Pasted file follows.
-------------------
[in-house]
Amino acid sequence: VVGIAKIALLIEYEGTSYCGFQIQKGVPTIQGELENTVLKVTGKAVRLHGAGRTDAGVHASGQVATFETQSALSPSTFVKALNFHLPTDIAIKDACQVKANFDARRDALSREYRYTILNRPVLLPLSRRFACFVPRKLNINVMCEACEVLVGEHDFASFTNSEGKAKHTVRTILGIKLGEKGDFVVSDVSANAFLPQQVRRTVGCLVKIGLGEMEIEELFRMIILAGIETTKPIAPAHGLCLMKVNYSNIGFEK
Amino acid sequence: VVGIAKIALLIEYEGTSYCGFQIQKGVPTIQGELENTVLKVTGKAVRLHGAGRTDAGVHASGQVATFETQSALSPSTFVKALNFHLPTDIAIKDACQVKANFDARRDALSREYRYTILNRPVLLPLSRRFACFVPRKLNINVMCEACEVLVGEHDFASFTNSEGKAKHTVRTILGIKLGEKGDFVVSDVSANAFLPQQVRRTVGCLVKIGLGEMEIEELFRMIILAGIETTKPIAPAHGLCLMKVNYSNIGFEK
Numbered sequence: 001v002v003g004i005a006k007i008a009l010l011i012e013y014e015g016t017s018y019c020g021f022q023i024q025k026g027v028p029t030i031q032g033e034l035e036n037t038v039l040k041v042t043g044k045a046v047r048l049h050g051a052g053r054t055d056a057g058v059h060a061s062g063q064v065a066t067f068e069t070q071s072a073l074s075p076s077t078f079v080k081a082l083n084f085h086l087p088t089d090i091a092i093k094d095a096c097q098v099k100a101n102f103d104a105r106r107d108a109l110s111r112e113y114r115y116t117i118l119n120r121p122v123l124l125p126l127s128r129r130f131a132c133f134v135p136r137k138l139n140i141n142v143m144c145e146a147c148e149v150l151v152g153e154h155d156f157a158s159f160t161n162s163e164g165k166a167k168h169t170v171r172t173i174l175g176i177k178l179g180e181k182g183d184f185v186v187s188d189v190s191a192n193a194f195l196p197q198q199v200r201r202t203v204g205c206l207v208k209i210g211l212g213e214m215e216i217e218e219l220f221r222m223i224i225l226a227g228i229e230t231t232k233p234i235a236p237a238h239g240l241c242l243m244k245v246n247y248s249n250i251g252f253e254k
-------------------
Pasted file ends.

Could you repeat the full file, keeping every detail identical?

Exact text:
[in-house]
Amino acid sequence: VVGIAKIALLIEYEGTSYCGFQIQKGVPTIQGELENTVLKVTGKAVRLHGAGRTDAGVHASGQVATFETQSALSPSTFVKALNFHLPTDIAIKDACQVKANFDARRDALSREYRYTILNRPVLLPLSRRFACFVPRKLNINVMCEACEVLVGEHDFASFTNSEGKAKHTVRTILGIKLGEKGDFVVSDVSANAFLPQQVRRTVGCLVKIGLGEMEIEELFRMIILAGIETTKPIAPAHGLCLMKVNYSNIGFEK
Amino acid sequence: VVGIAKIALLIEYEGTSYCGFQIQKGVPTIQGELENTVLKVTGKAVRLHGAGRTDAGVHASGQVATFETQSALSPSTFVKALNFHLPTDIAIKDACQVKANFDARRDALSREYRYTILNRPVLLPLSRRFACFVPRKLNINVMCEACEVLVGEHDFASFTNSEGKAKHTVRTILGIKLGEKGDFVVSDVSANAFLPQQVRRTVGCLVKIGLGEMEIEELFRMIILAGIETTKPIAPAHGLCLMKVNYSNIGFEK
Numbered sequence: 001v002v003g004i005a006k007i008a009l010l011i012e013y014e015g016t017s018y019c020g021f022q023i024q025k026g027v028p029t030i031q032g033e034l035e036n037t038v039l040k041v042t043g044k045a046v047r048l049h050g051a052g053r054t055d056a057g058v059h060a061s062g063q064v065a066t067f068e069t070q071s072a073l074s075p076s077t078f079v080k081a082l083n084f085h086l087p088t089d090i091a092i093k094d095a096c097q098v099k100a101n102f103d104a105r106r107d108a109l110s111r112e113y114r115y116t117i118l119n120r121p122v123l124l125p126l127s128r129r130f131a132c133f134v135p136r137k138l139n140i141n142v143m144c145e146a147c148e149v150l151v152g153e154h155d156f157a158s159f160t161n162s163e164g165k166a167k168h169t170v171r172t173i174l175g176i177k178l179g180e181k182g183d184f185v186v187s188d189v190s191a192n193a194f195l196p197q198q199v200r201r202t203v204g205c206l207v208k209i210g211l212g213e214m215e216i217e218e219l220f221r222m223i224i225l226a227g228i229e230t231t232k233p234i235a236p237a238h239g240l241c242l243m244k245v246n247y248s249n250i251g252f253e254k